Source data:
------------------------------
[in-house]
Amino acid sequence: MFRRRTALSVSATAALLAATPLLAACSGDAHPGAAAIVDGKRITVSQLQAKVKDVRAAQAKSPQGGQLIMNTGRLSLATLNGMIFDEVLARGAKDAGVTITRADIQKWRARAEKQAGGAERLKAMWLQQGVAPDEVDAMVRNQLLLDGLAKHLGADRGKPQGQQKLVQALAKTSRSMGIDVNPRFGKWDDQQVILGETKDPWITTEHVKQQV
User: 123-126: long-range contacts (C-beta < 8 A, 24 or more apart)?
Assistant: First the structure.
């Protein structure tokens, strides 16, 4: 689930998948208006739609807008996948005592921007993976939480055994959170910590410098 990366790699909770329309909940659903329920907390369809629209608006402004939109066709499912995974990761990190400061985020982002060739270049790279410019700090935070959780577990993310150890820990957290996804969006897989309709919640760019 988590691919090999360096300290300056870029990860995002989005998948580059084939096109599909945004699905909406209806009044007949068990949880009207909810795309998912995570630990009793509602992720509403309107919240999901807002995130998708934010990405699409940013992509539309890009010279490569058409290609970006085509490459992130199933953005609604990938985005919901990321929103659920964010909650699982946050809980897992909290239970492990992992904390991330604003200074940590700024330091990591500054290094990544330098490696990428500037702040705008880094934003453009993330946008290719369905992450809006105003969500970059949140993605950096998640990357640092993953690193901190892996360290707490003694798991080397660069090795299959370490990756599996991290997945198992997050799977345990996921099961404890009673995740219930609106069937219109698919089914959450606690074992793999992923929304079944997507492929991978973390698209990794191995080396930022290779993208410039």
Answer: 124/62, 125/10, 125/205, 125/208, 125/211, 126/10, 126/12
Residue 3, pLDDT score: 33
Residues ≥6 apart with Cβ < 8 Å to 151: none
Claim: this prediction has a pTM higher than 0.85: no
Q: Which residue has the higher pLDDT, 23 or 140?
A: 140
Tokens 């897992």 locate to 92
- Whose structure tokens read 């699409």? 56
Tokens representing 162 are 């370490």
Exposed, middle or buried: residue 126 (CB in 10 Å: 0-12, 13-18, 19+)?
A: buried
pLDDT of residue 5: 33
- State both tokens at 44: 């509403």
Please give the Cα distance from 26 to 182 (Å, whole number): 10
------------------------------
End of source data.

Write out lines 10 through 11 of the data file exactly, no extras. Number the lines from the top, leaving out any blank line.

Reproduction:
Q: Which residue has the higher pLDDT, 23 or 140?
A: 140